This comparison of views draws attention to the very significant foreshortening in the ministry’s obliquely-taken photograph. It is therefore reasonable to see the pale patch in the strip of the site to the left as the abbey church, with the cloister just beyond the small modern building and accommodation for travellers occupying half the total width of the site, down to the southern boundary. The clarity of the soil mark varies with the modern use of the land. The lodgings appear to have been outside the canons' quarters and along the sides of a long, north-to-south courtyard.

Archived web link[edit]

AUTHORNAME. TITLE. . 2010-03-15. URL: Accessed: 2010-03-15. (Archived by WebCite at

Arrouaisian houses[edit]

In England[edit]

In France[edit]

  • Arrouaise Abbey (St. Nicholas)
  • Autrey[5]
  • Beaulieu Abbey (Saint Graal)[6]

In Ireland[edit]

  • Bangor
  • Clonard
  • Dublin
  • Duleek
  • Durrow
  • Kells
  • Knock
  • Navan
  • Saul
  • Trim


External links[edit]

Learned paper index[edit]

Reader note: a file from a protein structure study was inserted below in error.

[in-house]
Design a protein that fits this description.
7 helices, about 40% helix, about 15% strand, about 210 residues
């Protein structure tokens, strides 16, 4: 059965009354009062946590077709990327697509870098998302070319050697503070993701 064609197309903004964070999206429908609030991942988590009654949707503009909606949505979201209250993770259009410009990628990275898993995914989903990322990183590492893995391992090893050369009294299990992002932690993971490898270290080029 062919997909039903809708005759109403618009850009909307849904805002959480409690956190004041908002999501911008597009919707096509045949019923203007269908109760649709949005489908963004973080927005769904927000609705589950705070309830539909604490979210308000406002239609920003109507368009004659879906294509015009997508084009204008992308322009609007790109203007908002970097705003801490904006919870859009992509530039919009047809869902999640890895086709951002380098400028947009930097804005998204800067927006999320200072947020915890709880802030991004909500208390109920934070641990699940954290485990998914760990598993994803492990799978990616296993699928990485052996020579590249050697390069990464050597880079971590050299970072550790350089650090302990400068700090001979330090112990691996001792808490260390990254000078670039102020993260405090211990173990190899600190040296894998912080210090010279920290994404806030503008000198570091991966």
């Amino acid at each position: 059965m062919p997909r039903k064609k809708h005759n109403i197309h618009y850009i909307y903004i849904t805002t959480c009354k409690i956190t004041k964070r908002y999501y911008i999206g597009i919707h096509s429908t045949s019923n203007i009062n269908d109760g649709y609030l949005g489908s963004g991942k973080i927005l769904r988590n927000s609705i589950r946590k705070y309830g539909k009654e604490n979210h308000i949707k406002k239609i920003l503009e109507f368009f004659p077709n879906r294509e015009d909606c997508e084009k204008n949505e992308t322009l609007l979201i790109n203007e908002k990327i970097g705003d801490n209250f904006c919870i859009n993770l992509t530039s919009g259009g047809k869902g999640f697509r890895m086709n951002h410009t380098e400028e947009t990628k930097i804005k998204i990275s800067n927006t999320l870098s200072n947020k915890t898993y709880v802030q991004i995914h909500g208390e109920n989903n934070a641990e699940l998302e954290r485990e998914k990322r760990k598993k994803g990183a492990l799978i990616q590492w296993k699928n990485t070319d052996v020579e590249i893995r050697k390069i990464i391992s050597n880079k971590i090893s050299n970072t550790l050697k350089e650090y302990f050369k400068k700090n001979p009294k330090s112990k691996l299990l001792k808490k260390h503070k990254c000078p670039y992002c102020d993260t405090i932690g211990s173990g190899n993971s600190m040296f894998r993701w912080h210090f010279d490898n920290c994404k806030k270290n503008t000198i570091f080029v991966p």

British History Online[edit]


  1. ^ For example St Malachie
  2. ^ William Dugdale, Monasticon vi 370. [1] [2]
  3. ^ The only reference to this is in this Bedfordshire article. Archived January 22, 2005, at the Wayback Machine. This is not the Cistercian Beaulieu Abbey in Hampshire.
  4. ^ Only until 1156. See Burton, Janet (1994). Monastic and Religious Orders in Britain: 1000–1300. Cambridge Medieval Textbooks. Cambridge UK: Cambridge University Press. ISBN 0-521-37797-8.  page 52
  5. ^ Founded in 1149. La Cholotte site Archived September 29, 2007, at the Wayback Machine.
  6. ^ 6km east of Marquise, between Calais and Boulogne. Hist Opale site Archived February 18, 2005, at the Wayback Machine. quotes Dom Gosse, Histoire d'Arrouaise (p. 353)
  7. ^ See Abbeys and priories of Scotland, Robert of Scone, Davidian Revolution and Cambuskenneth Abbey
  8. ^ a b c Does not mention an Arrouaisian connection but makes a link with Notley.

Coordinates: 50°02′47″N 2°54′36″E / 50.0464°N 2.9101°E / 50.0464; 2.9101